Don Kaplan of the New York Daily News wrote about our criticism of the CW network for giving children online access to a more sexually explicit version of last week’s episode of “Reign.” By adding in scenes that the network’s own standards department cut and then posting the episode on the channel’s web site, without age verification mechanisms, the CW did an end run around parents.
Unfortunately, Mr. Kaplan stated a couple of key details in a misleading way. Kaplan wrote:
In a brief conversation with The News, Isett admitted he had not watched the scenes and that it’s “not my job to watch” such programming.
While it’s true that I personally had not watched the clip prior to our interview last week (I have since seen it), PTC Entertainment Analysts watch and analyze television content full-time. Everything that airs on a broadcast network is viewed by our analysts and ultimately reported to me and others among the PTC’s senior leadership, and I was very clear about how the PTC operates with Mr. Kaplan.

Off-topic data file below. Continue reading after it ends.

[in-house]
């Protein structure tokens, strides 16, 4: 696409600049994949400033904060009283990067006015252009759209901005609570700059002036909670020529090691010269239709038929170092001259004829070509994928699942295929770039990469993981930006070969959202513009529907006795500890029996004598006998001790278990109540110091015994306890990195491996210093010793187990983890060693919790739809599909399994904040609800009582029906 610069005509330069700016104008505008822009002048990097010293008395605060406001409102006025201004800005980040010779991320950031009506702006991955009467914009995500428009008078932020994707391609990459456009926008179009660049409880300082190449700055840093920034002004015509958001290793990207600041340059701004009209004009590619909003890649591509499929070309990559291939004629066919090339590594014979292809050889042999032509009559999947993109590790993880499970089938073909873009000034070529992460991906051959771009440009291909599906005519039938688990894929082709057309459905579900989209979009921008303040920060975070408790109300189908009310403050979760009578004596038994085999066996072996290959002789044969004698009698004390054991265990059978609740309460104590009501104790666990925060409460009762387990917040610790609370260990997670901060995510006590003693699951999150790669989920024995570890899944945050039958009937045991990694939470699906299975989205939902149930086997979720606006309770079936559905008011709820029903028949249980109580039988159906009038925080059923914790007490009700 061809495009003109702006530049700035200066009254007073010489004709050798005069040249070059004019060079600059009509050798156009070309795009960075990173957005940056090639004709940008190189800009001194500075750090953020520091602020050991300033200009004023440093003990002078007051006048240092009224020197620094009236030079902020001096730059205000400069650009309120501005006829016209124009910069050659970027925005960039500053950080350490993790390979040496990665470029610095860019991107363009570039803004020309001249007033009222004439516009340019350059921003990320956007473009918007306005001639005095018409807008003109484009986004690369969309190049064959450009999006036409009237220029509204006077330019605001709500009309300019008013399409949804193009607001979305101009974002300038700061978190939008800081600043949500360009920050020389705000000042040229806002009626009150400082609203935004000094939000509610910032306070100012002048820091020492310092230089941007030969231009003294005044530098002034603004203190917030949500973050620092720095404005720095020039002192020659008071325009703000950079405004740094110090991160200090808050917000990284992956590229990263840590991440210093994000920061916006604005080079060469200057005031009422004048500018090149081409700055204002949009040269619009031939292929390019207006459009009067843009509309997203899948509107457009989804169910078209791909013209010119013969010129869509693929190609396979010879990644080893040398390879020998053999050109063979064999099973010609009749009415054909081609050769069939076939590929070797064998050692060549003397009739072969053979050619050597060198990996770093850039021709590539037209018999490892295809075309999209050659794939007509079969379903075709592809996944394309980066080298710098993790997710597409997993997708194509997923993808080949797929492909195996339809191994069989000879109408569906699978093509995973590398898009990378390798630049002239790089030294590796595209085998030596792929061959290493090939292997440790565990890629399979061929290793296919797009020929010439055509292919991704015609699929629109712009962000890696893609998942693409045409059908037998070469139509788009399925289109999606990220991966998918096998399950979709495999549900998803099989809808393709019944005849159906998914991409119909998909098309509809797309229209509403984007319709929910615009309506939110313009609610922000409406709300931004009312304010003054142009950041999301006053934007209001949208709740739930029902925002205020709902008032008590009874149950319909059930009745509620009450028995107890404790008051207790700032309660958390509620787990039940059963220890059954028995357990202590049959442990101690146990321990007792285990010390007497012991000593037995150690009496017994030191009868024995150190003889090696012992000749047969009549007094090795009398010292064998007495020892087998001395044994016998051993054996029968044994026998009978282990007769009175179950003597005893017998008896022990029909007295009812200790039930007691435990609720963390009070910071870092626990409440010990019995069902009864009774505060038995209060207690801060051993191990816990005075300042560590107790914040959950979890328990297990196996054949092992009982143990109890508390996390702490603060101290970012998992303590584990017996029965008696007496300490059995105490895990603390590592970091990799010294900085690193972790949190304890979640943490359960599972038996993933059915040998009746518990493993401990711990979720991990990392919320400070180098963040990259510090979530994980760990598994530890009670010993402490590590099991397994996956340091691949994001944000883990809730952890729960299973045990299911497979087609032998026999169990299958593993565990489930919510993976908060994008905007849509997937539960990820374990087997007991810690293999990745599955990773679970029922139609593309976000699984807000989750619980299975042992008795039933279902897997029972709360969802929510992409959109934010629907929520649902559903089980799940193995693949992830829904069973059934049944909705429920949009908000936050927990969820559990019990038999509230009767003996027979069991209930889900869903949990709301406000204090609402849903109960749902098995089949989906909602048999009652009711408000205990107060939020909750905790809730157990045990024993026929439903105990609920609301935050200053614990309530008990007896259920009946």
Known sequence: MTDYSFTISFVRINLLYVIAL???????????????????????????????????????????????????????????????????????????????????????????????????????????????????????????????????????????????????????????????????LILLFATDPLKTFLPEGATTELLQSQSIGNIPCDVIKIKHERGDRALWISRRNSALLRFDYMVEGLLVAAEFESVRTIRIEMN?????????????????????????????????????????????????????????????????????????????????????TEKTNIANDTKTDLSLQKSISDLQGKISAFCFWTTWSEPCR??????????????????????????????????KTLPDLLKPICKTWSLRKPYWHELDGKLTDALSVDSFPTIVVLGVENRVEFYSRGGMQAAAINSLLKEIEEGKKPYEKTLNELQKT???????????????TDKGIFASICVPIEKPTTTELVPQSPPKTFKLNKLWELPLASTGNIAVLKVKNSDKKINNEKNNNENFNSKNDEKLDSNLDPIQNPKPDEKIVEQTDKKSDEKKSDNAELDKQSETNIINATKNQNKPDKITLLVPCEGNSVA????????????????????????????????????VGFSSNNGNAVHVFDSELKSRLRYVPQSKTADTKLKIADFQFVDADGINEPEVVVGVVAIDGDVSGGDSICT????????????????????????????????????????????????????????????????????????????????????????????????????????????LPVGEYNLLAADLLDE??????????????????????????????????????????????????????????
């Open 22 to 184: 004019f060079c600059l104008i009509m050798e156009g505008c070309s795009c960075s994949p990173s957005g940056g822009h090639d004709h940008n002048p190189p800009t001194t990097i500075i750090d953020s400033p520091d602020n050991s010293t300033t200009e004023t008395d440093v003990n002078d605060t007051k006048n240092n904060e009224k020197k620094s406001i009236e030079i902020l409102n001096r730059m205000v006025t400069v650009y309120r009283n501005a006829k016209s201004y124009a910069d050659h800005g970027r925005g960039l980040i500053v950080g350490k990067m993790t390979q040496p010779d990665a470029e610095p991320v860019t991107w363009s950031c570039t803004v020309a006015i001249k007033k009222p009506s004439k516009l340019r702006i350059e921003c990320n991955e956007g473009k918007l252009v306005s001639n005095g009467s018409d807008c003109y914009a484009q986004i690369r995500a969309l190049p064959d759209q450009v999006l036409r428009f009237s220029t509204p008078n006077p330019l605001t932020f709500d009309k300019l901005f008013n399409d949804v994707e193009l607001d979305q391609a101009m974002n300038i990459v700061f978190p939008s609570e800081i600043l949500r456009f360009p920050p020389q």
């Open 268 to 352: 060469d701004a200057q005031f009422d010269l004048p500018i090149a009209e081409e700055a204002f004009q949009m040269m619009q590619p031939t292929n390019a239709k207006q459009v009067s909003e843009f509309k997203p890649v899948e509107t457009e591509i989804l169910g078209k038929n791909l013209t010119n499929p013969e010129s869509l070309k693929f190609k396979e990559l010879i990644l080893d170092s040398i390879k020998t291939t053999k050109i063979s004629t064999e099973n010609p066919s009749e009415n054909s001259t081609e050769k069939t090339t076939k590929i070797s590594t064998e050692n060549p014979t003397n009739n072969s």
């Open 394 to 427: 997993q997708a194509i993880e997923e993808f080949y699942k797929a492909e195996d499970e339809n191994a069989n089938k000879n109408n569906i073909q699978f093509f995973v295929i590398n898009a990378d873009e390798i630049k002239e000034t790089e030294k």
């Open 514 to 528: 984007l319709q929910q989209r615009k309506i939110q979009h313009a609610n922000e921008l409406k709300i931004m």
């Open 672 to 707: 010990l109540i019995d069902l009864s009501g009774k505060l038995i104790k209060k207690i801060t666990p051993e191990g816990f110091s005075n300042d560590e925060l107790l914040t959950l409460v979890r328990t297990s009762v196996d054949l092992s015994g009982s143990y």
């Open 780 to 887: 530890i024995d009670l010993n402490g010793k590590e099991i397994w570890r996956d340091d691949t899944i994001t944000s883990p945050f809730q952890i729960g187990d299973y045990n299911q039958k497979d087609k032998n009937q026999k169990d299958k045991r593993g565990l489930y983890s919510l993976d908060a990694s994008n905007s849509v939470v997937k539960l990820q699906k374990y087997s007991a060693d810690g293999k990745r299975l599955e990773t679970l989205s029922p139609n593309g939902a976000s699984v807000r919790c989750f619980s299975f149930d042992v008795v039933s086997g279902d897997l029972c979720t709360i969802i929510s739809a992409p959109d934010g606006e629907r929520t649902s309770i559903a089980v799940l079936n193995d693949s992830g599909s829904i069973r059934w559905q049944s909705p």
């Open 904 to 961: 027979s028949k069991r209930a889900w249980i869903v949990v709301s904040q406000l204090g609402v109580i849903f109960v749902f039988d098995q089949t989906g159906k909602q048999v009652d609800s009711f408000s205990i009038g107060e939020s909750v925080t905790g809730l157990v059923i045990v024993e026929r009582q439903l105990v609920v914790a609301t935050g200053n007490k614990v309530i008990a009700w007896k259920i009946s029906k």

However, that’s not really the important part. Kaplan goes on to set up a silly straw man:
The responsibility to monitor what kids watch on TV and especially on the Internet is a task that should fall to parents, not a group of strangers churning out press releases.
Nobody is arguing differently. In fact, the PTC’s mission is to help parents by giving them the information they need to make the best viewing decisions for their own families. Moreover, PTC members are not “strangers.” We represent the very families trying to navigate the treacherous waters of today’s media environment. To represent otherwise is simply irresponsible.
Ultimately, I was very pleased that Kaplan agreed with the PTC on the most fundamental point:
His biggest beef with the network seemed to be that the material is professionally produced and funded by advertisers.
That’s really the issue, isn’t it? The fact that there is “worse” content on the internet does not justify the CW’s decision to make things worse, nor does not justify the CW’s end run around parents, the TV Ratings system and their own standards and practices department. It doesn’t mean that the advertisers who sponsored this program are not responsible for its content, no matter how it’s distributed.
Parents and families deserve better, and that’s why the PTC exists.